In many of the country churches I visit they are simply screened by a bit of curtain, others have doors, and some churches don't appear to have a vestry at all.
This particular church was built in 1363, but was badly damaged during the Civil War, the small portion which remains was restored in 1889.
I have a healthy curiosity so I needed to know what lay beyond the curtained door, I took a peep... and I am so pleased that I did. This is the most interesting vestry I have seen.
A small fireplace, for the vicar to warm himself by, a mirror to check his appearance, and a holy statue. It all seems so right, so well used. There was even an old kettle - necessary for making that reviving cup of tea.
A lot of junk was in there too, bits and pieces used throughout the church year.
I took my photograph and left, but this small room was the nicest part of the church, it had a wonderful atmosphere. The main part of the church was beautifully furnished, sumptuous even, but it felt empty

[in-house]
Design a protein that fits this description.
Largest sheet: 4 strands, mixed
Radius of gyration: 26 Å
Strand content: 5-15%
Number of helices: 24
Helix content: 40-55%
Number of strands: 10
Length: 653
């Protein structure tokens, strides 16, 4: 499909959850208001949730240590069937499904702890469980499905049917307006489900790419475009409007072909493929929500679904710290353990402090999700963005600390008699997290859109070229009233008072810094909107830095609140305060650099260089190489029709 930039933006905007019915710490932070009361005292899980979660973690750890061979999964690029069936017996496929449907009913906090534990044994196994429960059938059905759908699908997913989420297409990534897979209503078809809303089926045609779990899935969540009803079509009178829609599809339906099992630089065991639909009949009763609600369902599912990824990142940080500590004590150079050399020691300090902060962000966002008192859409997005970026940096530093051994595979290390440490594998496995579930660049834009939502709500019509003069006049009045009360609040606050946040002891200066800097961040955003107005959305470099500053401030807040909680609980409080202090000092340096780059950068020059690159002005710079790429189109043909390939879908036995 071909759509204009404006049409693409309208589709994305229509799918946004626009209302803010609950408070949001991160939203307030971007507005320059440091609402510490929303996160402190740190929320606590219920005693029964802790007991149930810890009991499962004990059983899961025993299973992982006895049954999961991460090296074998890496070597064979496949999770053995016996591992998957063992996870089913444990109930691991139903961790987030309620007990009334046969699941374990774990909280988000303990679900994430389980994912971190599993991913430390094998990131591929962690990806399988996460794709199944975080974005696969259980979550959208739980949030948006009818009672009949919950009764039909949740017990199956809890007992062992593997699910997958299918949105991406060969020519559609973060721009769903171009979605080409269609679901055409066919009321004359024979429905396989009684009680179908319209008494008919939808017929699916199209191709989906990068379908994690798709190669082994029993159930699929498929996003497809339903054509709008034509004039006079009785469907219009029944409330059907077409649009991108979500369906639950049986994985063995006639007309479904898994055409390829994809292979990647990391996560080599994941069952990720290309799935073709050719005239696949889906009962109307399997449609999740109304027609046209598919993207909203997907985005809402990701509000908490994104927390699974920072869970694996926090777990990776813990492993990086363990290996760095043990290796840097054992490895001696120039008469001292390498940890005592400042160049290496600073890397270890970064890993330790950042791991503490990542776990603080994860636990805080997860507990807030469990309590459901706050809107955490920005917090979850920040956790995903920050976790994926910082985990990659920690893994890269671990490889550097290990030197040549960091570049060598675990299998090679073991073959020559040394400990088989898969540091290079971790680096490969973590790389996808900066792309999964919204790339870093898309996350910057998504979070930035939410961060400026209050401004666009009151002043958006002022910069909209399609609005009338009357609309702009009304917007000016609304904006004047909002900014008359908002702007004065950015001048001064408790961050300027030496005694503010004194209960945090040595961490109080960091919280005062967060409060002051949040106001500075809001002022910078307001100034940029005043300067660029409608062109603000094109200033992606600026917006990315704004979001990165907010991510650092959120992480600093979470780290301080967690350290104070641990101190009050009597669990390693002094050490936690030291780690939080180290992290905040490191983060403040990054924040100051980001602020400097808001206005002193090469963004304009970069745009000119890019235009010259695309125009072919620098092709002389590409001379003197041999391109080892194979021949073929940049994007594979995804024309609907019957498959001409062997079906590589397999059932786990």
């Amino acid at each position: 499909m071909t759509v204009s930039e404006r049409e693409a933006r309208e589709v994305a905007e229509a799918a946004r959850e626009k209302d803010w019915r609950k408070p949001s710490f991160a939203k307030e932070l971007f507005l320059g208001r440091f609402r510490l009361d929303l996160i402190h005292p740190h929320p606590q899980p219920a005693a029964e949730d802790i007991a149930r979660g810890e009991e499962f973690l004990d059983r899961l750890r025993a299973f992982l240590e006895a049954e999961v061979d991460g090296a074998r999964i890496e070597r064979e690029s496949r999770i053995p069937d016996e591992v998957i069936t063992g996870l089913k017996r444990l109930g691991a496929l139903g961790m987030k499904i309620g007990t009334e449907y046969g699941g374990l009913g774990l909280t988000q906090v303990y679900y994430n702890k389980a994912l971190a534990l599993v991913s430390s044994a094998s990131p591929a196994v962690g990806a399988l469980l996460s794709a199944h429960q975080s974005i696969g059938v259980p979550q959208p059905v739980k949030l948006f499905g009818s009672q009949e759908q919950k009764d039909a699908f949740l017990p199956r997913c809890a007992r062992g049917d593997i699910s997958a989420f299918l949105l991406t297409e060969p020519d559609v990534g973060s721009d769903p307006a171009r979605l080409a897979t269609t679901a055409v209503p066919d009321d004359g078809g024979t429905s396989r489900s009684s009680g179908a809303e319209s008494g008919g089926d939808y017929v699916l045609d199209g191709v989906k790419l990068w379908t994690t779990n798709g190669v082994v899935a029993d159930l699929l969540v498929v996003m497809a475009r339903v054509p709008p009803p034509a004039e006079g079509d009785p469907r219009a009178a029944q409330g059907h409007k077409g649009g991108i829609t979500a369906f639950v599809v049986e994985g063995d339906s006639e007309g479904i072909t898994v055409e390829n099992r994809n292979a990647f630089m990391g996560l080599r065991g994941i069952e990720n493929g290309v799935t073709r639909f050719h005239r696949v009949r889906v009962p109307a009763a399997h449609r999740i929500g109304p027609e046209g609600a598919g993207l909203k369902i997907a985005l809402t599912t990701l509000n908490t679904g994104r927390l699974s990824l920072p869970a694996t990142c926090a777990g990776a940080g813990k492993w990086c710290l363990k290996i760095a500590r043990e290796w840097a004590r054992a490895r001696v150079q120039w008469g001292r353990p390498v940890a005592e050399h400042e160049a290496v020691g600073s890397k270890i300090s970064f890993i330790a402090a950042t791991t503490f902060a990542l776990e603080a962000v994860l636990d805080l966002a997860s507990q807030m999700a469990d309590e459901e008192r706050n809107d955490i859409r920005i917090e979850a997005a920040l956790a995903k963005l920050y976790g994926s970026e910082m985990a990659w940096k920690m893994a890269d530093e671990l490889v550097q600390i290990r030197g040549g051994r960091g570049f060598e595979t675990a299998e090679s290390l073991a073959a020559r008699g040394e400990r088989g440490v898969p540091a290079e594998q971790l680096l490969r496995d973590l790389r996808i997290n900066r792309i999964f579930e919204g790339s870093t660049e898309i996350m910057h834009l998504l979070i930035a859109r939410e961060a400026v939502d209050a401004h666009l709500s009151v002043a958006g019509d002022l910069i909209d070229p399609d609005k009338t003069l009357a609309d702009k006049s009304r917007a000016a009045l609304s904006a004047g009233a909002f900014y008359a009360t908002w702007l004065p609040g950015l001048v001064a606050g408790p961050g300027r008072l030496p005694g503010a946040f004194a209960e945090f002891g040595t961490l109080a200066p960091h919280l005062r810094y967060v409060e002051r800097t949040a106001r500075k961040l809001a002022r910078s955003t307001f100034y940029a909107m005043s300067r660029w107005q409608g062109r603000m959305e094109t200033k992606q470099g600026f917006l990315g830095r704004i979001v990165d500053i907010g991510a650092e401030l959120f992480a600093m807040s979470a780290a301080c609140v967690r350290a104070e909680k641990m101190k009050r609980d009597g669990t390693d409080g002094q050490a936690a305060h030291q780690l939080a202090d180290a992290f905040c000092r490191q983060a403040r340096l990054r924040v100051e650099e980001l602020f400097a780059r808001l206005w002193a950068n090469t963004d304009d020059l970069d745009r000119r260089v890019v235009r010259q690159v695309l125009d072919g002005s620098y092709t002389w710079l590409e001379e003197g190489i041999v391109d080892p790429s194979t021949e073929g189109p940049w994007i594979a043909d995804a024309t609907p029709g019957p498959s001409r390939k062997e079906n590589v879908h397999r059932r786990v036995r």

I also enjoy exploring right around the churchyards - this little door leads directly into the vestry, what a beauty.
This next vestry is in another small country church located on a hill, just above a tiny hamlet and adjacent to a fine country estate. Outside, the churchyard monuments show just how wealthy some of the parishioners were.
Hidden behind a curtain ... two safes...perhaps one was for the Parish Registers and the other for church plate. It was a junked up, messy kind of area again and that is exactly how it felt. The interior of the main church shows that lots of money has been spent on it - and yet it does not have the feel of a well-loved church.
This monument is in the vestry - hidden, forgotten, dirty, dusty and covered in cobwebs. So sad.
The chancel of the church dates from before 1384, with many additions over the years.
Regrettably, the church was "restored" by the Victorians.
Perhaps that accounts for the loss of atmosphere.
How about this cute, if somewhat dangerous, little staircase which leads to the bell tower.
This wonderful Norman arch reputedly comes from the ruins of nearby Calceby church - a recycled archway!
I still haven't found a church which can match All Saints' Church at Saltfleetby - but I shall continue looking.